Judge’s Ruling

Judge Spero began his analysis by finding that the defendants had not satisfied Local Rule 7-9(b) regarding requirements for a motion for leave to file a motion for reconsideration, stating: “Although the Court in an abundance of caution granted Syntronic leave to file its present motion for reconsideration, and holds for the reasons discussed below that the PIPL provides no reason to alter the previous discovery order, Syntronic’s failure to meet the standard for reconsideration under Local Rule 7-9(b) is itself sufficient reason to deny this motion.”

Nonetheless, Judge Spero proceeded to analyze whether the PIPL doesn’t prohibit production of the computers. Finding the interpretation of its provisions by the plaintiff’s expert “more persuasive” than that of the defendants’ expert, Judge Spero stated: “The Court holds that the exceptions in Article 13 apply to the consent requirement of Article 39.” As for whether the exceptions were limited to Chinese law, Judge Spero stated: “nothing in the PIPL itself indicates that the exception is limited to Chinese law. And as noted by Wang, inclusion of foreign legal obligations in the exception makes sense when at least some portions of the PIPL can apply extraterritorially to foreign companies outside of China, which would be subject to potentially contradictory duties under foreign law…The Court declines to limit Article 13’s legal obligation exception to obligations under Chinese law.”

Therefore, finding that “Syntronic has not met its burden to show a true conflict between Chinese law and the Court’s previous order”, Judge Spero denied the motion for reconsideration and, finding that the PIPL doesn’t prohibit production of the computers, ordered the defendants to “produce the computers at issue for inspection in the United States no later than July 15, 2022.” That’s tomorrow!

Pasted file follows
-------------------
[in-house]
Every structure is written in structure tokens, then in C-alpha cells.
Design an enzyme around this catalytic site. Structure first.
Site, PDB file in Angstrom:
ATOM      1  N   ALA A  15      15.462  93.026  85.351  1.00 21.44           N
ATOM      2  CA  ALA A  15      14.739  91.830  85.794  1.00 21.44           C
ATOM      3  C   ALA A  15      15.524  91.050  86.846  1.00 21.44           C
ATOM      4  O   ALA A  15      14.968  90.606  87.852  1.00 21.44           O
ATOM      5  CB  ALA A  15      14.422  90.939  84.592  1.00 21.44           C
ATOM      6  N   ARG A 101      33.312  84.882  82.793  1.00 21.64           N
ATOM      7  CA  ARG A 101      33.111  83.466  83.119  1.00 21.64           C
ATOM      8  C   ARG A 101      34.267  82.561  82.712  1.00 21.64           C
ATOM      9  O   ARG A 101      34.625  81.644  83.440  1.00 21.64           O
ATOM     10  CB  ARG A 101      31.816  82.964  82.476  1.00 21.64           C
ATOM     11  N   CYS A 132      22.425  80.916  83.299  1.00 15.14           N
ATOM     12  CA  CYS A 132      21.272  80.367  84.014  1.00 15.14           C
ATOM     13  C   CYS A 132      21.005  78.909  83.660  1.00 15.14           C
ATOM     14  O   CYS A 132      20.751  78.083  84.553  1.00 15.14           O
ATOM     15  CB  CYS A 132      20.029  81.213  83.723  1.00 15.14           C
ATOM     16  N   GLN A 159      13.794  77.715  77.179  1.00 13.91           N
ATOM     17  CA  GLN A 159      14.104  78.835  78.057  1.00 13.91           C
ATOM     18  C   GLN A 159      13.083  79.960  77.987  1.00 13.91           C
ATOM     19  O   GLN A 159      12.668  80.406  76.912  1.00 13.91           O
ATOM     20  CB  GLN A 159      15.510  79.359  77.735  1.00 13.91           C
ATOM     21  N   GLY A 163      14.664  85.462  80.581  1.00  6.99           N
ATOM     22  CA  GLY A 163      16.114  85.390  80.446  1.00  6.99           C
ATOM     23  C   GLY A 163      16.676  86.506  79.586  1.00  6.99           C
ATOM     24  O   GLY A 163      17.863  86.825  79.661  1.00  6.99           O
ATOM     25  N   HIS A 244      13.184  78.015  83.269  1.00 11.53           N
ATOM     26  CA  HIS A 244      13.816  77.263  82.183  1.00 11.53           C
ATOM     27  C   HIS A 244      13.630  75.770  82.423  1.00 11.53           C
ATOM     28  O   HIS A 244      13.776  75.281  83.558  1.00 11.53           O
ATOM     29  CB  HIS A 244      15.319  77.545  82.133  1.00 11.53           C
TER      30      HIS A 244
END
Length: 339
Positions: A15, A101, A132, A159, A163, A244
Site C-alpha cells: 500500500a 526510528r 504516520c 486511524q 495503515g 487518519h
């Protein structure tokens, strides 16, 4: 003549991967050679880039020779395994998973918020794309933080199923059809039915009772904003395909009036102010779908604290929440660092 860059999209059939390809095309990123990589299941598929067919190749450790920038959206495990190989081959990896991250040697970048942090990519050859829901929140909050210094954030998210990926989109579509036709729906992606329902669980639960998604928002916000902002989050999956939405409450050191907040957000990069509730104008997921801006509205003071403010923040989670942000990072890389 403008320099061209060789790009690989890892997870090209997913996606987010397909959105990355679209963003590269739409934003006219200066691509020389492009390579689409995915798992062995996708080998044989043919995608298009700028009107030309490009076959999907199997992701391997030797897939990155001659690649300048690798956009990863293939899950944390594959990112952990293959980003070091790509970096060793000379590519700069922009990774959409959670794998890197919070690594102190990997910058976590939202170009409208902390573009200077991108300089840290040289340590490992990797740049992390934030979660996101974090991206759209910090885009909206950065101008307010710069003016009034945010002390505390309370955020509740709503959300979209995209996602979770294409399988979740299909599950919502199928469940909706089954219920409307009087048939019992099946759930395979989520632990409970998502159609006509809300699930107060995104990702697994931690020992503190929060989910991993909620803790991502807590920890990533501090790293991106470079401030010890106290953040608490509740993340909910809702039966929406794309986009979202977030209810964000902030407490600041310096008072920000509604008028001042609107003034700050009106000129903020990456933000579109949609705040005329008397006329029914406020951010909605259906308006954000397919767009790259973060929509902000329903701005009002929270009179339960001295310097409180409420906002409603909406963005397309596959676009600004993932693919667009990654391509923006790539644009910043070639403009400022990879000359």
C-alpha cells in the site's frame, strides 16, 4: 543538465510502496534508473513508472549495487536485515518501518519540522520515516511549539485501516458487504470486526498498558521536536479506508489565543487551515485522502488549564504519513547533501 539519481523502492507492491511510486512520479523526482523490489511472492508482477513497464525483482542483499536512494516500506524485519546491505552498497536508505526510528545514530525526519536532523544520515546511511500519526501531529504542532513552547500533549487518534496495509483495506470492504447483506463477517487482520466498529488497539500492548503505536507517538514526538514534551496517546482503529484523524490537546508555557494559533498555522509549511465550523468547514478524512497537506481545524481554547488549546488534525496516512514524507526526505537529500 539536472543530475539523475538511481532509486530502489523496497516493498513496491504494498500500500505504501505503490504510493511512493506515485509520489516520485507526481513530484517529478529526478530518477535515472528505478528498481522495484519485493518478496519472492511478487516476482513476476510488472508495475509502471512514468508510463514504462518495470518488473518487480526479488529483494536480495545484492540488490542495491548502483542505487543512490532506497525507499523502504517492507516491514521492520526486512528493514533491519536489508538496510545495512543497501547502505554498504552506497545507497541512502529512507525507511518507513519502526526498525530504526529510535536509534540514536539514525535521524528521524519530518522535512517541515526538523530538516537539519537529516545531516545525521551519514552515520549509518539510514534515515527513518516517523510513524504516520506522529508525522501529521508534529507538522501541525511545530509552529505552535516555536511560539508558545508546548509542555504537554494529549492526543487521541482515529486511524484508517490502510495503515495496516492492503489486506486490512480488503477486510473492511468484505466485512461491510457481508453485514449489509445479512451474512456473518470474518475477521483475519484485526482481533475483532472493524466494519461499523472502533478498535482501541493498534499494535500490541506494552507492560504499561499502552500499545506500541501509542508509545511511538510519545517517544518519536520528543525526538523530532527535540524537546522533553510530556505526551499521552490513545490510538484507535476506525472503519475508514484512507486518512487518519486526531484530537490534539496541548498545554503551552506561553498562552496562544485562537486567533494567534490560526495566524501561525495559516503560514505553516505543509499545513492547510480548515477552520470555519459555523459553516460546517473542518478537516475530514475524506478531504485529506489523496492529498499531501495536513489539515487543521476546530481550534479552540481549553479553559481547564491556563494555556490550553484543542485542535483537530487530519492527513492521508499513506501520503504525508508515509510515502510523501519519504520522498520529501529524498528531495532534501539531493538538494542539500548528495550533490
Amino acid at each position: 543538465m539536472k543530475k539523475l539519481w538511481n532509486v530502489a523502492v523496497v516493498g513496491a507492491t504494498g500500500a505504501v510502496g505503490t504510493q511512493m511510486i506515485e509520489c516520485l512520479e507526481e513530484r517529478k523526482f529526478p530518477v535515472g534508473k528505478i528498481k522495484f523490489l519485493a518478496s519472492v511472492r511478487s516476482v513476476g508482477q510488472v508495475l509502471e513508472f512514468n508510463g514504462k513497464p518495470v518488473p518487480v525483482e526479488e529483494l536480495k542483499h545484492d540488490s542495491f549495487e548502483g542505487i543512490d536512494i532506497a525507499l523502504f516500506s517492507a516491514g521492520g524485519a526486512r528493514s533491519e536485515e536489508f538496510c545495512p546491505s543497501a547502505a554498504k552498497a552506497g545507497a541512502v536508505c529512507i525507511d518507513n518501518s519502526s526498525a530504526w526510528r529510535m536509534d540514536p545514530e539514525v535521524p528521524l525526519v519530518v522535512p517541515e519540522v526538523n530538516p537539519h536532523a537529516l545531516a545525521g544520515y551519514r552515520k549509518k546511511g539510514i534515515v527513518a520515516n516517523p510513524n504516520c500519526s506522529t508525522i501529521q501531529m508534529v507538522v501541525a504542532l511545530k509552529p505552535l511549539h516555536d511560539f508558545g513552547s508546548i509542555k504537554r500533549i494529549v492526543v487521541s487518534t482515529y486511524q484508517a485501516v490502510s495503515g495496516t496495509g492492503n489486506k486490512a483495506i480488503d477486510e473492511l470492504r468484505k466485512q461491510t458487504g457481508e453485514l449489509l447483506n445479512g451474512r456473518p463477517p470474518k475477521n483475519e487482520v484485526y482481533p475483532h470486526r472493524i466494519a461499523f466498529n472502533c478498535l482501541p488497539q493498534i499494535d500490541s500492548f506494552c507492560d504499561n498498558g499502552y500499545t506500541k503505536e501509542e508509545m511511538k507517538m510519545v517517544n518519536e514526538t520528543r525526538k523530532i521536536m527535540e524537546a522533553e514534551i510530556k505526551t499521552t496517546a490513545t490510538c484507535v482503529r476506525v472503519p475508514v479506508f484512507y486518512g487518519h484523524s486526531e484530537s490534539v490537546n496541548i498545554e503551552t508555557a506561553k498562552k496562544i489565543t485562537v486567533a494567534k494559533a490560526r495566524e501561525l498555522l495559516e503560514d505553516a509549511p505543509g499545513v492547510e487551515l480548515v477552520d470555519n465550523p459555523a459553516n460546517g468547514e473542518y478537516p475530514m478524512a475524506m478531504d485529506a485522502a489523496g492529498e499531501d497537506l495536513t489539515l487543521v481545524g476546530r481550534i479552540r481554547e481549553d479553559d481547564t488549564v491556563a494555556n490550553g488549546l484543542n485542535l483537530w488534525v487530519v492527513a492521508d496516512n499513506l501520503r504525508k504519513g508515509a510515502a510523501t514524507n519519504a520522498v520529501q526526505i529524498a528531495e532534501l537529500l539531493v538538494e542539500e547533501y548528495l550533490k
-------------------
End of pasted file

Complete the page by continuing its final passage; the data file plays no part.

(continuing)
So, what do you think? Do you agree that the PIPL doesn’t prohibit production of the computers? Or should it have been limited to Chinese law? Please share any comments you might have or if you’d like to know more about a particular topic.

Case opinion link courtesy of eDiscovery Assistant, an Affinity partner of eDiscovery Today.

Disclaimer: The views represented herein are exclusively the views of the author, and do not necessarily represent the views held by my employer, my partners or my clients. eDiscovery Today is made available solely for educational purposes to provide general information about general eDiscovery principles and not to provide specific legal advice applicable to any particular circumstance. eDiscovery Today should not be used as a substitute for competent legal advice from a lawyer you have retained and who has agreed to represent you.


  1. Excellent and well-explained post! Since PIPL is still in its infancy, it will be interesting to see the ongoing ramifications and growth from this ruling. It seems pretty straightforward, but then it is about international relations regarding privacy and includes US attitude vs that of most other countries.